Last but not least, Scott Auerbach from the National Toxicology Program announced the release of the previously commercial toxicogenomics database DrugMatrix to the public for free (announced earlier this year, but now officially made public). With this release, DrugMatrix is now the largest scientific and freely available toxicogenomic reference database and informatics system. The data included is based on rat organ toxicogenomic profiles for 638 compounds; DrugMatrix allows an investigator to formulate a comprehensive picture of a compound’s potential for toxicity with greater efficiency than traditional methods. All of the molecular data stems from microarray experiments, but Auerbach and team are now investigating what it will take to move from microarrays to RNA-seq experiments and how to integrate the different types of data. They are currently performing a pilot on a subset of compounds with the same RNA used for the microarray experiments. Their challenge, as he sees it, lies in the interpretation and validation of the newly generated RNA-seq data: what qualifies one platform as superior to the other? Since they are interested in the biology and in generating drug classifiers, one way of looking at it is to assess which platform is the basis for better classifiers based on sensitivity and specificity thresholds. It will be interesting to see whether the RNA-seq data-based classifiers will be comparable or superior to microarray classifiers.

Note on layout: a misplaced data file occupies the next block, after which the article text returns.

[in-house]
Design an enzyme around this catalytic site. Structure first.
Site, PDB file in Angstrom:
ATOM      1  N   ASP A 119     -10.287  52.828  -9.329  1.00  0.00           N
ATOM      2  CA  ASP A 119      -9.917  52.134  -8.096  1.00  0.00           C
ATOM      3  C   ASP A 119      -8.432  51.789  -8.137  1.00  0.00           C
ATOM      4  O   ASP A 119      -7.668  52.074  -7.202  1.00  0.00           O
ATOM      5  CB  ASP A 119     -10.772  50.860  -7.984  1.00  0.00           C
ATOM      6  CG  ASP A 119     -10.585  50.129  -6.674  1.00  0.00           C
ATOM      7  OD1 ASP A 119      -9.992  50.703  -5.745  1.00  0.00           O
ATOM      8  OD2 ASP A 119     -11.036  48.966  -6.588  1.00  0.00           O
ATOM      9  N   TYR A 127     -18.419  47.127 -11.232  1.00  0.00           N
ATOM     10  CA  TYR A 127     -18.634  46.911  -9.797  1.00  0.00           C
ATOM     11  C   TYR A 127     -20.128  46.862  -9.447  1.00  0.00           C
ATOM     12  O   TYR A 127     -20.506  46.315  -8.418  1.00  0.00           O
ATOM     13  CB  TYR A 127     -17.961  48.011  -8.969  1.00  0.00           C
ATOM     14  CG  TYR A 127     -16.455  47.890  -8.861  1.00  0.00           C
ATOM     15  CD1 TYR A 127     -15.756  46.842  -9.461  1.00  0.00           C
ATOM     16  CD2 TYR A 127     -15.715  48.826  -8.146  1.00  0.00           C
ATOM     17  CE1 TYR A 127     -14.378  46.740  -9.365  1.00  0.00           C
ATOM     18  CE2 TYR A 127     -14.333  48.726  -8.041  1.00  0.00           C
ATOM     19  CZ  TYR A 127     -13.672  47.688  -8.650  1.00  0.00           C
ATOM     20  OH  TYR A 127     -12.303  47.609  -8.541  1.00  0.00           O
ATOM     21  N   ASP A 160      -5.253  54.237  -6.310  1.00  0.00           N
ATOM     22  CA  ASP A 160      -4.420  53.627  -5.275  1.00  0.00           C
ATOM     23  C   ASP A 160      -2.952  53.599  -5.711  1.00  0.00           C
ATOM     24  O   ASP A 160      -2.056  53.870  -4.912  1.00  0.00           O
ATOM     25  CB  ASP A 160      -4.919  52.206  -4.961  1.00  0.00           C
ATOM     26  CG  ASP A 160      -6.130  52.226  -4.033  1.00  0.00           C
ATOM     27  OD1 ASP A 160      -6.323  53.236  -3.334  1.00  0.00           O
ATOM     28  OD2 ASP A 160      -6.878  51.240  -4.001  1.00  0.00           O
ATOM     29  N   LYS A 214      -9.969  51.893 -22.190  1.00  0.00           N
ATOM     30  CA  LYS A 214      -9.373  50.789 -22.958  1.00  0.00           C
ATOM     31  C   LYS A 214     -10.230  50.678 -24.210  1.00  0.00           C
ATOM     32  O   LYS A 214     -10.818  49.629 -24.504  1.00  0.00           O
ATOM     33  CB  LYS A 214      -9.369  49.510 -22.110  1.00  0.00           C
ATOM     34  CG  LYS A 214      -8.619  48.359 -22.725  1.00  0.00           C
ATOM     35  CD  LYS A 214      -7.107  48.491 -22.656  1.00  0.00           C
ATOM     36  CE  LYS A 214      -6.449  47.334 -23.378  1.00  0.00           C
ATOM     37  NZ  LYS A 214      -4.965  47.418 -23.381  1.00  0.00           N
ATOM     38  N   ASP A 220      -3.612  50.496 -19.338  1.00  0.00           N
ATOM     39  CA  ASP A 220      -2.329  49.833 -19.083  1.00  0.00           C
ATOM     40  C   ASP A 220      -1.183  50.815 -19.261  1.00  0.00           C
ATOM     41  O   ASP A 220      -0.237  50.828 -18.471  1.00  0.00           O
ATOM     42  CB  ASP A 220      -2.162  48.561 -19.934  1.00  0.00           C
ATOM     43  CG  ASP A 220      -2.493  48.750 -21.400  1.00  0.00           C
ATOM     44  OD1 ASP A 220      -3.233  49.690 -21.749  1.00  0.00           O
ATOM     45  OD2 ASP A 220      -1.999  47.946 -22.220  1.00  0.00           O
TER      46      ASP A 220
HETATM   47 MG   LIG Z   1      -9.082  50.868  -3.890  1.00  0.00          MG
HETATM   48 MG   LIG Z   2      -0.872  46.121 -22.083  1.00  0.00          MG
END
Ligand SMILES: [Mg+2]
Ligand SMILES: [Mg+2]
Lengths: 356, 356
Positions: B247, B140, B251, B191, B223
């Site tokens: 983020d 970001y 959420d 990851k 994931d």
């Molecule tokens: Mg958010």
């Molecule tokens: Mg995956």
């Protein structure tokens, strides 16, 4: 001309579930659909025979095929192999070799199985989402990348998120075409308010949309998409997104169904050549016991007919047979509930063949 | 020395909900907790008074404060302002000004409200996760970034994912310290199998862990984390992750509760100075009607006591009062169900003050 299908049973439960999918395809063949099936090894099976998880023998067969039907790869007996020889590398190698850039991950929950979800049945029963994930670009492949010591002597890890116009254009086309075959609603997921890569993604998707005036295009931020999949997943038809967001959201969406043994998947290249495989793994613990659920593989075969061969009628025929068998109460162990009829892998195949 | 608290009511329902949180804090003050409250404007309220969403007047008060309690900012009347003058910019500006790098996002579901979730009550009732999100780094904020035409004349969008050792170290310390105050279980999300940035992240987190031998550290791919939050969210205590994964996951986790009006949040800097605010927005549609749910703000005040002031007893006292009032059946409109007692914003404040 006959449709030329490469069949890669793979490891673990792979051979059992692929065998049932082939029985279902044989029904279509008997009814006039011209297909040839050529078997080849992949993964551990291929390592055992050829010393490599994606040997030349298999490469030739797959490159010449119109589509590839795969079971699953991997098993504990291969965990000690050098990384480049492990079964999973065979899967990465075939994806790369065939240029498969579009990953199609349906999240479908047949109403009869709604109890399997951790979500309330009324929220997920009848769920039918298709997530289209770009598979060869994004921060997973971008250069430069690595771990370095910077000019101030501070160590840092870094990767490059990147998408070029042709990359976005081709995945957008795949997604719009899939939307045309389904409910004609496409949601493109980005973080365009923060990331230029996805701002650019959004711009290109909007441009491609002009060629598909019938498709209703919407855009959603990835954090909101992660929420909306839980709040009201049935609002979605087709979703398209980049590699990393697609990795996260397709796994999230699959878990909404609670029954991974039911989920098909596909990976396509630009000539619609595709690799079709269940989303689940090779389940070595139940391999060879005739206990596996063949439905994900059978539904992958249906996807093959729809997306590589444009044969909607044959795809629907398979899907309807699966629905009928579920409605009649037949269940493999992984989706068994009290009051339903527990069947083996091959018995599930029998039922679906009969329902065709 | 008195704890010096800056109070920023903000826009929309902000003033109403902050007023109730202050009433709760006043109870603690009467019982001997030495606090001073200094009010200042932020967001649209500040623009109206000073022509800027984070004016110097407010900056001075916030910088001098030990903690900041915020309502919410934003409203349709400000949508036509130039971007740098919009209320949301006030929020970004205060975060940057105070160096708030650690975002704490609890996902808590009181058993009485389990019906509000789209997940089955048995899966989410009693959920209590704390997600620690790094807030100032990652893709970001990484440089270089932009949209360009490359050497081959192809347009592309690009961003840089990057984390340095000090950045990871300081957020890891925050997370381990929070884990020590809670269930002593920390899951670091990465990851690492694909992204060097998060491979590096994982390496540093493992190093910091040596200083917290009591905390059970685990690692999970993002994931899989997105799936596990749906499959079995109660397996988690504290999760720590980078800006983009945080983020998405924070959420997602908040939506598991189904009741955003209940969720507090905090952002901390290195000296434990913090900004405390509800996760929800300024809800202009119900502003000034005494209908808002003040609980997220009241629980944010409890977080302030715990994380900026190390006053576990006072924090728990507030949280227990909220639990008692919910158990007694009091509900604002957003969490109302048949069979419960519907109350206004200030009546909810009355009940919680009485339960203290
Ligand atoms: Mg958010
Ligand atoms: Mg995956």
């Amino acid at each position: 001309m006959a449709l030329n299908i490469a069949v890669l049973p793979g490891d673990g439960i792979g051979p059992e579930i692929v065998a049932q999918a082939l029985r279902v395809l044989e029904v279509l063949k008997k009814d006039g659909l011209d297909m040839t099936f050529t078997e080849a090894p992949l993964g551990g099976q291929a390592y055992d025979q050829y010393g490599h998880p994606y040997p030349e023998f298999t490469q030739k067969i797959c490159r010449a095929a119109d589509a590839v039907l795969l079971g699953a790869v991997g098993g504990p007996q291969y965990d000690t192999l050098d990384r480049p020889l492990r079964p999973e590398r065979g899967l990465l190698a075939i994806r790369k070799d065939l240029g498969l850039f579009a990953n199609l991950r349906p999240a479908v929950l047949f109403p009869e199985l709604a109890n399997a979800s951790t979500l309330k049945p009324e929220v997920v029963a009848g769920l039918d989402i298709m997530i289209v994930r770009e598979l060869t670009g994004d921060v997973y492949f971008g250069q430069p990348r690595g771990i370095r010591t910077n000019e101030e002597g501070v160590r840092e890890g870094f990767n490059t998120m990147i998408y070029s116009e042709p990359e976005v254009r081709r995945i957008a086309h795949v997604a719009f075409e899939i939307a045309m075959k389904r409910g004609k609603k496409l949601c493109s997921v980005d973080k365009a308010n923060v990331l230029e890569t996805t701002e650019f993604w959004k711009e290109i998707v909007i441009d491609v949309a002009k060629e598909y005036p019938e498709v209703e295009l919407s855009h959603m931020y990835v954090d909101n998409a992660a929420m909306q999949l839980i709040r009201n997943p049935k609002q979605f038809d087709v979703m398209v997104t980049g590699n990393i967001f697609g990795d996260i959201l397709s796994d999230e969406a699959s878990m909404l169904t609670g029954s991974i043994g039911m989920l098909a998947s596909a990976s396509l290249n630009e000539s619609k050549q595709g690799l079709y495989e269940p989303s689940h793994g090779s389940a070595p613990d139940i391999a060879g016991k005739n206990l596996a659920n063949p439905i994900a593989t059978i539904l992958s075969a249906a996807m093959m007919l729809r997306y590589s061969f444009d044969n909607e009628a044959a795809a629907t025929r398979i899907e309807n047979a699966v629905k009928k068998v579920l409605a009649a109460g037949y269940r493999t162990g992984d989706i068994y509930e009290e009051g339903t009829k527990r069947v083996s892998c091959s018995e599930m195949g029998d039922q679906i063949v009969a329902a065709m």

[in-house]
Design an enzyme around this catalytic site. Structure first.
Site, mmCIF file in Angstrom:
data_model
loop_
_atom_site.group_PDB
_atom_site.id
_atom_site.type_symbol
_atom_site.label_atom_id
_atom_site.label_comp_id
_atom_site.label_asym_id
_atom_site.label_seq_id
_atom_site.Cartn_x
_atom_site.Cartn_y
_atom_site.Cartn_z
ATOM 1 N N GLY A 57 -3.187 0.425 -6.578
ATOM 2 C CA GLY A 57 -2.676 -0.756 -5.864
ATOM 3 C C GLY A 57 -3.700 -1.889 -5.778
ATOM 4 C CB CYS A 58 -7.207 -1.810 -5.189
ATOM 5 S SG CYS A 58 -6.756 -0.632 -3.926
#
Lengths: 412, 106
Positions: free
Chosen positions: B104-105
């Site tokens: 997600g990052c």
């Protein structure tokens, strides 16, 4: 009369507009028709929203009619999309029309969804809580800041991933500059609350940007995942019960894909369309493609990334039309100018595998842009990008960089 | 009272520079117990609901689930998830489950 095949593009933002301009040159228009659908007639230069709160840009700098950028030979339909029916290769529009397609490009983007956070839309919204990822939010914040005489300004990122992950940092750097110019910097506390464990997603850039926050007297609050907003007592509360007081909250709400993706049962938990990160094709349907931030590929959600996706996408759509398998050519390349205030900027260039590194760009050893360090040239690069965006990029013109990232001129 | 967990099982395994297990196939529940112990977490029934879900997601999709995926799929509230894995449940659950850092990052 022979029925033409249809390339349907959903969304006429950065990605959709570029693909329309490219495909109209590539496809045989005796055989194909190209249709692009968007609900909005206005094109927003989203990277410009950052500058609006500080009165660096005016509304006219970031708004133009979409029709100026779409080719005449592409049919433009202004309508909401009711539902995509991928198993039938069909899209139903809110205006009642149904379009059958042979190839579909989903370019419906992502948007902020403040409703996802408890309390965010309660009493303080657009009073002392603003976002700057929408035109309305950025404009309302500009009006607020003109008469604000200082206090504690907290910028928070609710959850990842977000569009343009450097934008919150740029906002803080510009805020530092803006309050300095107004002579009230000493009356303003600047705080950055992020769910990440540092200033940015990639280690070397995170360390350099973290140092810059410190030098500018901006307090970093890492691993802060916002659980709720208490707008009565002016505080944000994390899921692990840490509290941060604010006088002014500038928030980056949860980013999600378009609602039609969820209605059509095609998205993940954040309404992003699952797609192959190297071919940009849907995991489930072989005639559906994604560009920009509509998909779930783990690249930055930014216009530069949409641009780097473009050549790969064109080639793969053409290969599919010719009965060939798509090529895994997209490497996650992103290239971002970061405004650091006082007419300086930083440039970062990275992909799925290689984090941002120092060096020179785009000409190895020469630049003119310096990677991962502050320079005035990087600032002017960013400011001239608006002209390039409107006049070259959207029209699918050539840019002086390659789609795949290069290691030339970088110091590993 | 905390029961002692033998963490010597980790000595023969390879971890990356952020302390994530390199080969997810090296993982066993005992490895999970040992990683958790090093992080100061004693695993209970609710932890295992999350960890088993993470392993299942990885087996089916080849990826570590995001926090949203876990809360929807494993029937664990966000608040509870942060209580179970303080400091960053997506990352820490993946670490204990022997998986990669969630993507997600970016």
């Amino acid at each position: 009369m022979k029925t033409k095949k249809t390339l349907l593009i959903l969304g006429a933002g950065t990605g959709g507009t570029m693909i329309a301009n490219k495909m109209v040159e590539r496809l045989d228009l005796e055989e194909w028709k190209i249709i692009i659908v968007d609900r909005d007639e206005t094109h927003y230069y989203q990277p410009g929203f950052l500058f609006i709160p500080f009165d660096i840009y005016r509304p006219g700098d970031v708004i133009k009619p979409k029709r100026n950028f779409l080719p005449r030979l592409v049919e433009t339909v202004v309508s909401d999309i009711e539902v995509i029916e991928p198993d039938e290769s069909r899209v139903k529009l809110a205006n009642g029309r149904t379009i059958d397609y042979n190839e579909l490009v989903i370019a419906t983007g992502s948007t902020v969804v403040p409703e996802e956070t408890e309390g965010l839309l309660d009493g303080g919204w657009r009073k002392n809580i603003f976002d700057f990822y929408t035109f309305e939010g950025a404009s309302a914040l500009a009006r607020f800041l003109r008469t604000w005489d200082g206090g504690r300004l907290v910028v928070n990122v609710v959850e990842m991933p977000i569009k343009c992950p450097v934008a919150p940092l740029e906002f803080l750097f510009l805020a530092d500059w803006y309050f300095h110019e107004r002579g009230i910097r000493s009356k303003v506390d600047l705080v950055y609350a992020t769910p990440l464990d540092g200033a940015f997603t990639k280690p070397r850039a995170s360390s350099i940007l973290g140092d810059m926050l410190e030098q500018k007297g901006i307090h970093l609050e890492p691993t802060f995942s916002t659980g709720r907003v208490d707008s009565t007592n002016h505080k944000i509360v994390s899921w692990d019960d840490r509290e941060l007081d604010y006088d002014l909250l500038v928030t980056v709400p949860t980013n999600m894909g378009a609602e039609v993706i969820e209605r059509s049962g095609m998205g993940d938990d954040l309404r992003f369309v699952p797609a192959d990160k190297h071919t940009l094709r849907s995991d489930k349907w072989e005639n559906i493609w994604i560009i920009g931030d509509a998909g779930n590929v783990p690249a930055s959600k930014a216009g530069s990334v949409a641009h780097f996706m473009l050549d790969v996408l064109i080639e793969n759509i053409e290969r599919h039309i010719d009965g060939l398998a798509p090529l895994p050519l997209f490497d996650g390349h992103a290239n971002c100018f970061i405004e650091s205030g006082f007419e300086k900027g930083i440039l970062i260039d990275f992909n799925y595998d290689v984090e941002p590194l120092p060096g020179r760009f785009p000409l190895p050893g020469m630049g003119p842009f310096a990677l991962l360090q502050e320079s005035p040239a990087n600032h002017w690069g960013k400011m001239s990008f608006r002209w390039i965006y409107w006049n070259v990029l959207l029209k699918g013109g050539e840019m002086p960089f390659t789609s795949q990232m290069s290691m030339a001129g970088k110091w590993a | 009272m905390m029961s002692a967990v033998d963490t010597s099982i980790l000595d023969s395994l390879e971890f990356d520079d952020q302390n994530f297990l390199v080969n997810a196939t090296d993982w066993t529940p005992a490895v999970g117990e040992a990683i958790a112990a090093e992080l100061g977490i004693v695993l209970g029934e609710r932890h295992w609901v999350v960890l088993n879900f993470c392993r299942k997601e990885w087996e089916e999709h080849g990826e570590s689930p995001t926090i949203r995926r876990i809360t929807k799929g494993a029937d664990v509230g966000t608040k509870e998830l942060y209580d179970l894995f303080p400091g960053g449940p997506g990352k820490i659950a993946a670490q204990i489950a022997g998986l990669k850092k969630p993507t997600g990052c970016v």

AGBT in Review: Highlights and High Hopes for Data

Last week’s Advances in Genome Biology and Technology (AGBT) meeting was every bit the fast-paced roller coaster ride we were anticipating. As expected, there were no major leaps announced by the established vendors, although Illumina, Life Tech’s Ion Torrent, and Pacific Biosciences all had a big presence at the conference.

View from my hotel room: I got lucky with an ocean front room

The biggest splash by far came from Oxford Nanopore Technologies, which emerged from stealth mode with a talk from Chief Technology Officer Clive Brown. The company’s technology sequences DNA by detecting electrical current as the strand moves through a nanopore. Brown said the technology had been used successfully to sequence the phi X genome (a single 10 KB read got the sense and antisense strands) and the lambda genome (a 48 KB genome also covered in a single pass). Brown reported raw read error rate of 4 percent, mostly caused by the DNA strand oscillating in the nanopore instead of moving smoothly through it. Other significant features: the nanopore can read RNA directly, detect methylation status, and be used directly from a sample (such as blood) – no prep required.